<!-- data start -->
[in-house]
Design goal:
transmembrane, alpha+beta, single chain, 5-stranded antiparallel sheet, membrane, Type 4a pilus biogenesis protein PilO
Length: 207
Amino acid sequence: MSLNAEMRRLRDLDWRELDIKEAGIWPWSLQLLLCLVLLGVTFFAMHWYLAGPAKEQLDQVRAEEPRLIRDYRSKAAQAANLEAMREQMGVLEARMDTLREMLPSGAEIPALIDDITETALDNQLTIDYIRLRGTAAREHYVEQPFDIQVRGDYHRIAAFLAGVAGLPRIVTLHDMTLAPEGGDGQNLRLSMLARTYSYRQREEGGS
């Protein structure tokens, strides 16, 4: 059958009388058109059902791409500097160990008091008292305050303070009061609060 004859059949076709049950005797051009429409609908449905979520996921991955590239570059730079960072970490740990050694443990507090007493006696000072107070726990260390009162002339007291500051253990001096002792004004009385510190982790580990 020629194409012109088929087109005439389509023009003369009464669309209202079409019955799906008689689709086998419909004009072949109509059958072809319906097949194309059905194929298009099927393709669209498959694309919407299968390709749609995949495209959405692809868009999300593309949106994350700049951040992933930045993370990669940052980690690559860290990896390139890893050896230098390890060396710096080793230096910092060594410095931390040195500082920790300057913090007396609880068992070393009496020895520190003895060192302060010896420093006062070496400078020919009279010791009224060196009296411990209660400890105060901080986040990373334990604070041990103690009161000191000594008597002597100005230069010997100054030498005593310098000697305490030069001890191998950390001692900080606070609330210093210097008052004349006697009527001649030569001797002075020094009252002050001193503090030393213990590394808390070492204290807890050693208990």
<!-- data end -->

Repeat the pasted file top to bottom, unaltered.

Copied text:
[in-house]
Design goal:
transmembrane, alpha+beta, single chain, 5-stranded antiparallel sheet, membrane, Type 4a pilus biogenesis protein PilO
Length: 207
Amino acid sequence: MSLNAEMRRLRDLDWRELDIKEAGIWPWSLQLLLCLVLLGVTFFAMHWYLAGPAKEQLDQVRAEEPRLIRDYRSKAAQAANLEAMREQMGVLEARMDTLREMLPSGAEIPALIDDITETALDNQLTIDYIRLRGTAAREHYVEQPFDIQVRGDYHRIAAFLAGVAGLPRIVTLHDMTLAPEGGDGQNLRLSMLARTYSYRQREEGGS
């Protein structure tokens, strides 16, 4: 059958009388058109059902791409500097160990008091008292305050303070009061609060 004859059949076709049950005797051009429409609908449905979520996921991955590239570059730079960072970490740990050694443990507090007493006696000072107070726990260390009162002339007291500051253990001096002792004004009385510190982790580990 020629194409012109088929087109005439389509023009003369009464669309209202079409019955799906008689689709086998419909004009072949109509059958072809319906097949194309059905194929298009099927393709669209498959694309919407299968390709749609995949495209959405692809868009999300593309949106994350700049951040992933930045993370990669940052980690690559860290990896390139890893050896230098390890060396710096080793230096910092060594410095931390040195500082920790300057913090007396609880068992070393009496020895520190003895060192302060010896420093006062070496400078020919009279010791009224060196009296411990209660400890105060901080986040990373334990604070041990103690009161000191000594008597002597100005230069010997100054030498005593310098000697305490030069001890191998950390001692900080606070609330210093210097008052004349006697009527001649030569001797002075020094009252002050001193503090030393213990590394808390070492204290807890050693208990």